“My name is Yazstromo, friend of many a peculiar breed. You could say I am a connoisseur of eccentric people and things,” shuffling around, he plucked a long dead mollusc shell out of the sand, throwing it into the pitiful flames. “I remember quite vividly your fascination all those years ago with fireworks and collectables. I hope you did not want your forks back; I finally grew tired of cutlery and sold them. A man can only stand being prodded by sharp metal objects so many times.”

“You don’t have to worry, Yazstromo,” Daedus struggled pronouncing his companion’s name, his tongue unfamiliar with such an obscure sounding title. Obviously the older man was given some glee by his difficulty, but Daedus knew it was all in good nature. “My collecting days ended long, long ago. Believe me, it was hardly a tiresome time...”

The owl called again, waking a few cranky and loud crows in a nearby tree. Yazstromo scooped up a handful of sand and dumped it over their worn fire, snuffing it out almost immediately.

“Wait, aren’t we going to need that tonight, to keep the anima-,” Daedus was shushed promptly on his own accord as Yazstromo ceremoniously removed a familiar looking firework and set it upon the previous fire pit. Striking one of his matches he lit the fuse on the small rocket. After only a few seconds and ears were plugged, the firework took off into the starry sky where it exploded loudly and into a flurry of rich reds, violets, and blues.

“I think that will keep the bears away from gnawing our heads. We haven’t the wood to spare for the fire anyway. It is bad luck to cut the trees of the Lost Wood, you know.” The Scholarly man sat back down, brushing away all of his crudely drawn symbols with his blanket. Tossing his second sheet to Daedus, Yazstromo flopped down with as much elegance as a Moblin. His company mimicked the same, setting the ailing Lewis in a dry hovel in the sand beside him.

Only the wind made any sort of noise now. The fire was gone, only a few glowing sticks remained, their heat quickly lost to the darkness. High above the remaining shower of lights from the rocket finally faded against the stars, leaving an even stronger smoky smell around their camp. It was pleasant for both men, lying on opposite sides of the fire pit, their eyes fixated on the bright Moon.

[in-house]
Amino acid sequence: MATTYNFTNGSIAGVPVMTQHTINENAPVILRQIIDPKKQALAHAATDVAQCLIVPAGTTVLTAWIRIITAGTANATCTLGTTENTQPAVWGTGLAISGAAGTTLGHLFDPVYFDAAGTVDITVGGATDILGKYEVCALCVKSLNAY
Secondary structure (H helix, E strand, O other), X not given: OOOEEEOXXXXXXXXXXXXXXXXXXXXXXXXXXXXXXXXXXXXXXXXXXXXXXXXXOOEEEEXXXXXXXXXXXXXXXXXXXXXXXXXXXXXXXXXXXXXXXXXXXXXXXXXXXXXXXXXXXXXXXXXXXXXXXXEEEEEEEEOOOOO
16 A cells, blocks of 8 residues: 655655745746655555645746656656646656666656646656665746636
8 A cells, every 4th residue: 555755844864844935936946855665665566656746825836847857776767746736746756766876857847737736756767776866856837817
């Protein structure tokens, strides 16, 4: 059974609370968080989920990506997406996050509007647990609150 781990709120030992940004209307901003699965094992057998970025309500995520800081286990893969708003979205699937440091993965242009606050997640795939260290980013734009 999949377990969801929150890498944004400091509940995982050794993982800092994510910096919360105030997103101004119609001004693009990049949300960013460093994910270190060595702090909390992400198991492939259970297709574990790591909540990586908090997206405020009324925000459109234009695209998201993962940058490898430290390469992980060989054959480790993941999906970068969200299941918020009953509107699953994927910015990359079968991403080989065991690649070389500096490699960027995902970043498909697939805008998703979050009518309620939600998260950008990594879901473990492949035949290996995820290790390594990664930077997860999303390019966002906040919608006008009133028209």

Yazstromo broke what was nonchalantly established as resting hours.

“How was it you knew of the Castle beyond the Wood, Daedus? Not even those in the Royal Family devote their minds to the knowledge of such things,” the question was legitimate and harmless upon execution. Before the sweating Daedus could reply, Yazstromo gave a muffled laugh. “A little birdie told you, didn’t he?”

Daedus said nothing. Had he not hidden Lewis carefully enough that evening, or had all those years finally caught up to him? Had Yazstromo finally figured he was the thief of his rusted little friend? Even worse, did he let him take him away?

“Do not fret about those days gone by,” Yazstromo soothed. “Truth be told, I wasn’t very fond of Lewis in the first place. He can be very obnoxious some weeks.” He smiled to himself as he knew his friend across the sand was returning the gesture.

And they both concluded in their own minds that if Lewis were still in any condition to do so, he would have smirked just the same. However a small metallic bird could.


She had hardly slept an hour that night. Rocking to and fro on the creaking chair; discovering the squeak she had first thought of the rest of her comrades, before remembering he was just in the other room. The rest of them would have to live with her slight sadistic mood, just for a little while. When Tiveri had left, Tap had pretended to be asleep in her seat, facing one of the few windows in their hideout. Through the corner of her eye she watched him thoroughly check everyone else’s state except hers. The reasons why he didn’t bother, she had not a clue.

Kip lay silent in her lap, unaware that he was the only one sleeping. He seemed to be dreaming, his legs twitching as if in chase, his teeth chewing back and forth across her tattered cap. Snores from the men were soft from the other room, their unknown sound causing the fox’s ears to pull back in their own unconscious curiosity. For a long time he had acted as Tap’s comforting force, but as hard as Kip may have tried, he wasn’t able to sew up the aging hole in her heart. Having Kaz here brought her more agony than she had ever imagined.

“You do need your rest.”

The deep voice startled her from her thoughts and her chair, unceremoniously dumping Kip onto the floor. Tiveri held up his hands in the faint moonlight to calm her as best as his bizarre figure could. He watched the fox regain its senses, swearing it shot him a glare before jumping into Tap’s empty seat.